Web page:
SCEA boss Kaz Hirai has said that he expects around 15 software titles to launch with the PlayStation 3 this November, responding to comments from publishers criticising the firm's slow release of information to developers.
Speaking to business news service website Bloomberg, Hirai cited the 15 title figure and said, "I don't think there will be too much of an issue," with regard to software availability at the launch of the system.
However, publisher bosses including Sega of America's Simon Jeffrey and THQ's Brian Farrell were both open in their criticism of Sony's treatment of PS3 developers so far, with Jeffrey telling Bloomberg that "there certainly will not be a lot of titles available" at launch.
According to Jeffrey, "a lot of developers" have not received development kit hardware from Sony yet - although final development hardware is meant to be shipping out this month - while Farrell claimed that THQ is not developing The Sopranos for PS3 because it's "too risky" due to the lack of final hardware specifications.
Other publishers, however, disagreed with Jeffrey and Farrell's comments - with executives at Activision, EA and Ubisoft all weighing in to support Sony's development support strategy to date.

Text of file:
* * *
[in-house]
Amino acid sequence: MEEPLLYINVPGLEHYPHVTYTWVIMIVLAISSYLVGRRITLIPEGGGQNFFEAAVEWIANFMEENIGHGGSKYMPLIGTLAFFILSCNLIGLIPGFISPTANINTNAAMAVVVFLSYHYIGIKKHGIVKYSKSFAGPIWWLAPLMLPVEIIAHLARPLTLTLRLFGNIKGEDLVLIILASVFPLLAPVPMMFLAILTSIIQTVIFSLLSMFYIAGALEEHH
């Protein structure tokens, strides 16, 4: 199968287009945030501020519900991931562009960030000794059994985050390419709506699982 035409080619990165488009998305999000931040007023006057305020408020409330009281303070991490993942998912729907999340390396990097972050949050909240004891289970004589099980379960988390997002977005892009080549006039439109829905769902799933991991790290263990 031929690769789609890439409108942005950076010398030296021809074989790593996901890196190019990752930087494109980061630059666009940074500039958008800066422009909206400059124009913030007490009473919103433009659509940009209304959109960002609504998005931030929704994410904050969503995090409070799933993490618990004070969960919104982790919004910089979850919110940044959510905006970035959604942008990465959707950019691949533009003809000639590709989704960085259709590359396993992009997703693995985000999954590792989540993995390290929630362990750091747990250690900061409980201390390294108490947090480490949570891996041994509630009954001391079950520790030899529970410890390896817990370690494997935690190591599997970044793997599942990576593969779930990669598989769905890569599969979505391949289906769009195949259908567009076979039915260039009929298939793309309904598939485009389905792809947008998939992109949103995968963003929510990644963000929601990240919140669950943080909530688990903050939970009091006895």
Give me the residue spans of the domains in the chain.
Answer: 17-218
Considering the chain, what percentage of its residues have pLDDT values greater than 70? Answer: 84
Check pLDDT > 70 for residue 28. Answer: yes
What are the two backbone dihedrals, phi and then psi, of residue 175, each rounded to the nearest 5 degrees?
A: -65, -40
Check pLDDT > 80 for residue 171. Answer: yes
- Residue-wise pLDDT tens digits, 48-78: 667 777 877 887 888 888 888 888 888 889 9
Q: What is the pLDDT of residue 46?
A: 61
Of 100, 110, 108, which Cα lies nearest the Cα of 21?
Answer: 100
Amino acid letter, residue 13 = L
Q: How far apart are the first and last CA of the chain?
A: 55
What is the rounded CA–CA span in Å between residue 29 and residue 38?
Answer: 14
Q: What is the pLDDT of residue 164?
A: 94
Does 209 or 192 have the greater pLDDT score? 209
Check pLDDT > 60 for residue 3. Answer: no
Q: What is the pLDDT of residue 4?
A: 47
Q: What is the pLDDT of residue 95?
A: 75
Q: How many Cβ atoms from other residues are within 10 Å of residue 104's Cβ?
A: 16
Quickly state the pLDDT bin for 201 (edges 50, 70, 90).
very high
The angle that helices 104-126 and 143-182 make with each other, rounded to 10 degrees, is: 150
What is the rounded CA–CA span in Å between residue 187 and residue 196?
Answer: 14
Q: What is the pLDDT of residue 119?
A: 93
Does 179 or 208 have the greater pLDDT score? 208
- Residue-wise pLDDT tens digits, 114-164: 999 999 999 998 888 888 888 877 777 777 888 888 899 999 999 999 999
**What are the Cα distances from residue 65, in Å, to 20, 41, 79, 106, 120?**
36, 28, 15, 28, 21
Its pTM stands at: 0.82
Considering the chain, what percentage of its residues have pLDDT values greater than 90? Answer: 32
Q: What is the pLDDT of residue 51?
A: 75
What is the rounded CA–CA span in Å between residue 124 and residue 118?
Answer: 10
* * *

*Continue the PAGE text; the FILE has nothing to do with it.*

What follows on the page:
EA Worldwide Studios boss Paul Lee said that the firm is "happy" with the dev kits sent out so far, while Activision CEO Robert Kotick told Bloomberg that although their systems are not "final, final hardware", "we know what the processors' capacity is - we have active development underway."
Kotick added that he doesn't expect that the first titles launched for the PS3 will take advantage of more than a fifth of the capacity of the machine, however, stating that "this is the most sophisticated piece of consumer hardware ever."
Ubisoft CEO Yves Guillemot agreed with Kotick's sentiments, but compared the situation at this point to the same point six months out from the launch of the Xbox 360 last year. "We won't be able to take advantage of all the components of the [PlayStation 3]," he commented, "but it was the same last year."